Method 3
Being Helpful and Kind

  1. 1
    Be patient with your friend's struggles. The world can be a confusing, exhausting, and even painful place for disabled people. Your friend is doing the best they can. Recognize that if a situation is frustrating, it's even harder for them than it is for you. Take a deep breath, be encouraging, and don't blame them for what they can't control.
    • If you notice stress beginning to boil over, remove them from the situation. Taking them somewhere quieter can help them relax. They might not realize that they need it, or that they're allowed to leave.
  2. 2
    Run intervention with problems. When your friend is having a hard time, they might not always be able to recognize why they're upset, or know how to handle it. You can be helpful by suggesting a solution to them.
    • Notice problems and offer solutions without complaining. For example, if your autistic friend is cringing in a noisy restaurant, you could say "I see you squinting and covering your ears. It's loud in here. Do you want to wait outside while I order takeout for the two of us?"
    • Ask what to do in case of emergency. During a calm time, it's good to ask what to do in case of sensory overload or a seizure. Having a plan will let both of you relax a little.
  3. 3
    Help them out with social situations. This can be very challenging for your disabled friend. Try taking initiative, such as inviting them to lunch or offering to introduce them to your other friends. Be gentle, and don't push if the person seems hesitant or disinterested.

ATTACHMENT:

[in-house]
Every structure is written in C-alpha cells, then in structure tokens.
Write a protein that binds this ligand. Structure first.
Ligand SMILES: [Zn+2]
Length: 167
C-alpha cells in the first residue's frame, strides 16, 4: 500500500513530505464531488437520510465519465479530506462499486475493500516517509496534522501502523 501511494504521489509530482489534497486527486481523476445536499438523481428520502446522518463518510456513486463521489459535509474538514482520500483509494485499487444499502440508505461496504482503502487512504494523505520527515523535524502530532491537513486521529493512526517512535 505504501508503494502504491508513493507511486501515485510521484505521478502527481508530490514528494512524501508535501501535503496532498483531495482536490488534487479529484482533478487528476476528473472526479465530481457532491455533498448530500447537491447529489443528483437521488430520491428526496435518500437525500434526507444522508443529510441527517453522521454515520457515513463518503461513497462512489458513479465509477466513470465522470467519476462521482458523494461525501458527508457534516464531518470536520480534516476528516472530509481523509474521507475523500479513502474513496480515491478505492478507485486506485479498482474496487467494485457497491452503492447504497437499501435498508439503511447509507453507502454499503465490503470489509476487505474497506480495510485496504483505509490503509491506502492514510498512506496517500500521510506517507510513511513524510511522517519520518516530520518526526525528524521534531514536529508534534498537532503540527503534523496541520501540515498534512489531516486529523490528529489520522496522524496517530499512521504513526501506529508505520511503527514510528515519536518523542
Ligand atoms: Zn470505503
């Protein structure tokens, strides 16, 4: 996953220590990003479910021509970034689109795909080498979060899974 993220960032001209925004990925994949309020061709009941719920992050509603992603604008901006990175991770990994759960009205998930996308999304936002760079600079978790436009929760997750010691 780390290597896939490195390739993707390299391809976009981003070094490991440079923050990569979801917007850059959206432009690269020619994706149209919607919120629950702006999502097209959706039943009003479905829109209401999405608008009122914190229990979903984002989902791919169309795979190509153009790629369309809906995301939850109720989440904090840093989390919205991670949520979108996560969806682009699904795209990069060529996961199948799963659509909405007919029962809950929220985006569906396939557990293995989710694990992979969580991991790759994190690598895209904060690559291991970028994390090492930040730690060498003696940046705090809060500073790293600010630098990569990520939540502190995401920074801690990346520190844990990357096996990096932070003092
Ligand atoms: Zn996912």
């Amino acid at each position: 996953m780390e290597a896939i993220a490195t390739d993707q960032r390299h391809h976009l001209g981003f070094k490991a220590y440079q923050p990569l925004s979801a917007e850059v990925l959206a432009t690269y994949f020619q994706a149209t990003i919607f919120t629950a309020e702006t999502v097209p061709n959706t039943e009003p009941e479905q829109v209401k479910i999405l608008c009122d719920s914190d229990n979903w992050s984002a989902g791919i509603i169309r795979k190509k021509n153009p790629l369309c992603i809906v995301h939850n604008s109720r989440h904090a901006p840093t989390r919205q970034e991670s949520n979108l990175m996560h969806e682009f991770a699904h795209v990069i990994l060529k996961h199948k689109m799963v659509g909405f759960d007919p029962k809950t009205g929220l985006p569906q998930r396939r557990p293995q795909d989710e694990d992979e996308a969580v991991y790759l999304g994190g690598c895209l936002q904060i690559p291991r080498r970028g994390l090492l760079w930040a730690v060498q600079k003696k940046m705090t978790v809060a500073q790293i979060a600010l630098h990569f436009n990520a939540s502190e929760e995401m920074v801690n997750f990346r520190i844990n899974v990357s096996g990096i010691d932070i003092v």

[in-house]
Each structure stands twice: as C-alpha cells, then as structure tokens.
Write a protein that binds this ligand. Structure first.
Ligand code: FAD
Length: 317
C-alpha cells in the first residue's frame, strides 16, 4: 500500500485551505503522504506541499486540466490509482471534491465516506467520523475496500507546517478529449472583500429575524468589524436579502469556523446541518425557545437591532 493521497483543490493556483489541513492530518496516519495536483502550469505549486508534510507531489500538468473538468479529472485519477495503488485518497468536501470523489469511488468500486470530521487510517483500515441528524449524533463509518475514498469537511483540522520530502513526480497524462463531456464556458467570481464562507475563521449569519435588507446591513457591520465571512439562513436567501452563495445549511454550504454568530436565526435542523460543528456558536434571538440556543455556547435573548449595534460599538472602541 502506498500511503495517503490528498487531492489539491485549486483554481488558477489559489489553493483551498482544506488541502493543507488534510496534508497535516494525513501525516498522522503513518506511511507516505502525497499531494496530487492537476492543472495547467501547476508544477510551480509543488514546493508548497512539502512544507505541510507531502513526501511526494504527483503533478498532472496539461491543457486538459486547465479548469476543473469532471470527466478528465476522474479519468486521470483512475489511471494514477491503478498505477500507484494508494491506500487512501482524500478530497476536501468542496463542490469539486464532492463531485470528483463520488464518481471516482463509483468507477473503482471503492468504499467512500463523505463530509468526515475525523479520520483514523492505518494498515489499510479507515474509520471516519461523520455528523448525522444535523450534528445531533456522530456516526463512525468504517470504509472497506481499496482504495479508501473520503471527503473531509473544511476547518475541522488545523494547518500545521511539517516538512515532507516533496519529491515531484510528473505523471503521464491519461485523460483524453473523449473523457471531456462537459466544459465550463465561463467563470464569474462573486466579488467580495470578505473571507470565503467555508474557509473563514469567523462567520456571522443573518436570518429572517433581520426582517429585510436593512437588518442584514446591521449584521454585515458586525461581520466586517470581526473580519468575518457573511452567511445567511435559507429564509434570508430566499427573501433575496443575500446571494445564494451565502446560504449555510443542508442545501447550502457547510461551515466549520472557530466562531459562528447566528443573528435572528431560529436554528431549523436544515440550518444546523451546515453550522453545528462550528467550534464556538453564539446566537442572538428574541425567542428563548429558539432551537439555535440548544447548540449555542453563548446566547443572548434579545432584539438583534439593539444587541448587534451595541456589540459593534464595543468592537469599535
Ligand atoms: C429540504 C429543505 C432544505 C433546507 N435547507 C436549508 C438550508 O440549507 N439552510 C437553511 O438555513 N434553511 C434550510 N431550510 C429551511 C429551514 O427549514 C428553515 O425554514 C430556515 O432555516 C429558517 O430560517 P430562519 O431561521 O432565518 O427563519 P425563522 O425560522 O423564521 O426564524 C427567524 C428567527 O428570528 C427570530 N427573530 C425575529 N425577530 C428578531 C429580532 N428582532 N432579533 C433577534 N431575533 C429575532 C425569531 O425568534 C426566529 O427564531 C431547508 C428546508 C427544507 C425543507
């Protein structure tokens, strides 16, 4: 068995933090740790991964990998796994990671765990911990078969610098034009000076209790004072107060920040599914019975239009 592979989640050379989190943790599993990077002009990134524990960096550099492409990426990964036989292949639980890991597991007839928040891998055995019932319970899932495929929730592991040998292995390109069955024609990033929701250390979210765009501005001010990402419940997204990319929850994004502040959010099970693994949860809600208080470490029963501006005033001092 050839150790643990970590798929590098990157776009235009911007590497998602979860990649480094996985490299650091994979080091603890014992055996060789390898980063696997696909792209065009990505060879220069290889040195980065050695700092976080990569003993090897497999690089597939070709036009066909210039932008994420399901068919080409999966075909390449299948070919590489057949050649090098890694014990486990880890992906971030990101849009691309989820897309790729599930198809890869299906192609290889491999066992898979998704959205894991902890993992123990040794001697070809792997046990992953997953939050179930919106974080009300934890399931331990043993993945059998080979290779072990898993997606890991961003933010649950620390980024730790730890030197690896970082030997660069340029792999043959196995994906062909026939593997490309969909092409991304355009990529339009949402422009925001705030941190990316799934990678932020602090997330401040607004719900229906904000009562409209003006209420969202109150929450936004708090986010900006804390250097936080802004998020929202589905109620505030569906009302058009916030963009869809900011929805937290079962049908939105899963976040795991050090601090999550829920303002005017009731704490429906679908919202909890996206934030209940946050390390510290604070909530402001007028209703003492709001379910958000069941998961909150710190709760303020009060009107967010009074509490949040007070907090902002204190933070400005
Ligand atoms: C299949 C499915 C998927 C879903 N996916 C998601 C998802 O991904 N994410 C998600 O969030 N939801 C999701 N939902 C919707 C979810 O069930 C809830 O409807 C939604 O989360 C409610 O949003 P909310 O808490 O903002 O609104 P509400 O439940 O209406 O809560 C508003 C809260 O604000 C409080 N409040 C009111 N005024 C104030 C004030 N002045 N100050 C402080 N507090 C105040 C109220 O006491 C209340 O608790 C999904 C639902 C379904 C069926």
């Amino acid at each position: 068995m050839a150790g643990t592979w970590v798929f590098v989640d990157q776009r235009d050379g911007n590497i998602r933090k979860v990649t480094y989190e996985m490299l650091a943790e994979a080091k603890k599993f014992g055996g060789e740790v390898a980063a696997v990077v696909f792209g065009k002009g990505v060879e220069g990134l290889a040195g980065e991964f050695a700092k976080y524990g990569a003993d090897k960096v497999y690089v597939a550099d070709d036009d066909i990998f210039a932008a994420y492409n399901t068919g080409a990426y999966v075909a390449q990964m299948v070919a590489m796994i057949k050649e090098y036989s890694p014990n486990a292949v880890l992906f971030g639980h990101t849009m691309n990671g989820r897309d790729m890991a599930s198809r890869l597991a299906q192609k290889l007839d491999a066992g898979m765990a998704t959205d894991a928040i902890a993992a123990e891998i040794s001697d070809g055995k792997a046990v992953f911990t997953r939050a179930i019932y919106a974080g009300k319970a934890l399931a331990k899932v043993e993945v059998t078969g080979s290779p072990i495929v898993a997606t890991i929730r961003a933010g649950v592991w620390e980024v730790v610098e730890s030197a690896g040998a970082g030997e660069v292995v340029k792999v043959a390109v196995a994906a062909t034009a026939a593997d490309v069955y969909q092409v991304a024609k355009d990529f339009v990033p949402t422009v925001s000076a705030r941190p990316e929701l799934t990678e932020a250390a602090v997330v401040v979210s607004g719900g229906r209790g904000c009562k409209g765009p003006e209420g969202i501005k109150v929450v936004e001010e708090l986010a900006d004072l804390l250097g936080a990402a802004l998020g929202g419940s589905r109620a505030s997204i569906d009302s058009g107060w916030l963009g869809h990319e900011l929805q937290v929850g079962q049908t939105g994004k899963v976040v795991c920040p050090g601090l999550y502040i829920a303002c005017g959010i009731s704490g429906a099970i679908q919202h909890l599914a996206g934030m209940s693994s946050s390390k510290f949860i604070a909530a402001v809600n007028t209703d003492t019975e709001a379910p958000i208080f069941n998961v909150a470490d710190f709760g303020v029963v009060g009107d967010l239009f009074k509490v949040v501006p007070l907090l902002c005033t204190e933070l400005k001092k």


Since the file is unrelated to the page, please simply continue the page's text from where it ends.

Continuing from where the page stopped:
• Some people have trouble interpreting social situations. If they're confused, offer a brief translation, such as "Drake's being sarcastic. He's criticizing the coach, not you."
  4. 4
    Be clear if they are bothering you. Your friend might not understand when or why they are breaking a social rule. Explain it to them clearly and non-judgmentally, the same way you might speak when teaching a new driver how to merge lanes.
    • Use "I" phrasing to explain problems. Then propose a solution for next time. For example, "When you didn't show up and didn't text, I worried if you were okay. Next time, if you're running late, would you please send me a text so I won't worry?"
    • Say "I need a break" if you are getting overwhelmed by anger or frustration. Many people with disabilities get very scared if they see someone getting mad or shouting. Handle it on your own, then come back once you're more level-headed.
  5. 5
    Encourage them to speak up. Your friend might be worried or afraid to voice their opinion or concerns. Provide an accepting, relaxed environment, where they have all the time they need to get it out.
    • Your friend might speak slowly or with difficulty. Wait patiently to let them be heard, and stop others from interrupting or speaking over with them.
    • Try prompting them, such as "What do you think?" or "You seem hesitant about going to the mall. What are you thinking about?"
    • Be prepared for others to disregard what they say. Enforce their decisions or boundaries as needed, such as saying "She said she doesn't like that" or "He said he didn't want that."

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Categories: Disability Issues | Supporting Friends